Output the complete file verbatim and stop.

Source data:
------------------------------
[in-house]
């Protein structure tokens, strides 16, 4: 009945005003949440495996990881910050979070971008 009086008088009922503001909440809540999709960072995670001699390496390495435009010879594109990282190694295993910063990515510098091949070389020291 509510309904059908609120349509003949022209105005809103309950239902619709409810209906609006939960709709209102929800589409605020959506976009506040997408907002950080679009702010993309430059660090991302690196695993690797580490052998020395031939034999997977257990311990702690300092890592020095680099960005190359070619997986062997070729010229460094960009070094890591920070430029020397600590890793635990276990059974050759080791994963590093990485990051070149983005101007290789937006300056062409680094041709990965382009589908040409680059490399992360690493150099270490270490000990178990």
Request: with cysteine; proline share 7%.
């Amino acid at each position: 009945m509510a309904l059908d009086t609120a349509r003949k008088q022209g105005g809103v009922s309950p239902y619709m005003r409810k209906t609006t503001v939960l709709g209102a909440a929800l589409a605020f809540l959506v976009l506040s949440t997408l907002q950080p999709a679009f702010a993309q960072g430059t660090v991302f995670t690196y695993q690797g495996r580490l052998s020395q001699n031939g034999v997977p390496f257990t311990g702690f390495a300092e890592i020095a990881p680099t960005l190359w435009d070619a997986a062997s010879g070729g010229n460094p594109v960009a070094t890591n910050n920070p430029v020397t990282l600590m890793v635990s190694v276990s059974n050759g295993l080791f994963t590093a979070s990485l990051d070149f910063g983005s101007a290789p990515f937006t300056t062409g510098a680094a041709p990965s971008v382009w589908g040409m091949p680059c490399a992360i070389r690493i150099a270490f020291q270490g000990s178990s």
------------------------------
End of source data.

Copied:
[in-house]
């Protein structure tokens, strides 16, 4: 009945005003949440495996990881910050979070971008 009086008088009922503001909440809540999709960072995670001699390496390495435009010879594109990282190694295993910063990515510098091949070389020291 509510309904059908609120349509003949022209105005809103309950239902619709409810209906609006939960709709209102929800589409605020959506976009506040997408907002950080679009702010993309430059660090991302690196695993690797580490052998020395031939034999997977257990311990702690300092890592020095680099960005190359070619997986062997070729010229460094960009070094890591920070430029020397600590890793635990276990059974050759080791994963590093990485990051070149983005101007290789937006300056062409680094041709990965382009589908040409680059490399992360690493150099270490270490000990178990």
Request: with cysteine; proline share 7%.
């Amino acid at each position: 009945m509510a309904l059908d009086t609120a349509r003949k008088q022209g105005g809103v009922s309950p239902y619709m005003r409810k209906t609006t503001v939960l709709g209102a909440a929800l589409a605020f809540l959506v976009l506040s949440t997408l907002q950080p999709a679009f702010a993309q960072g430059t660090v991302f995670t690196y695993q690797g495996r580490l052998s020395q001699n031939g034999v997977p390496f257990t311990g702690f390495a300092e890592i020095a990881p680099t960005l190359w435009d070619a997986a062997s010879g070729g010229n460094p594109v960009a070094t890591n910050n920070p430029v020397t990282l600590m890793v635990s190694v276990s059974n050759g295993l080791f994963t590093a979070s990485l990051d070149f910063g983005s101007a290789p990515f937006t300056t062409g510098a680094a041709p990965s971008v382009w589908g040409m091949p680059c490399a992360i070389r690493i150099a270490f020291q270490g000990s178990s």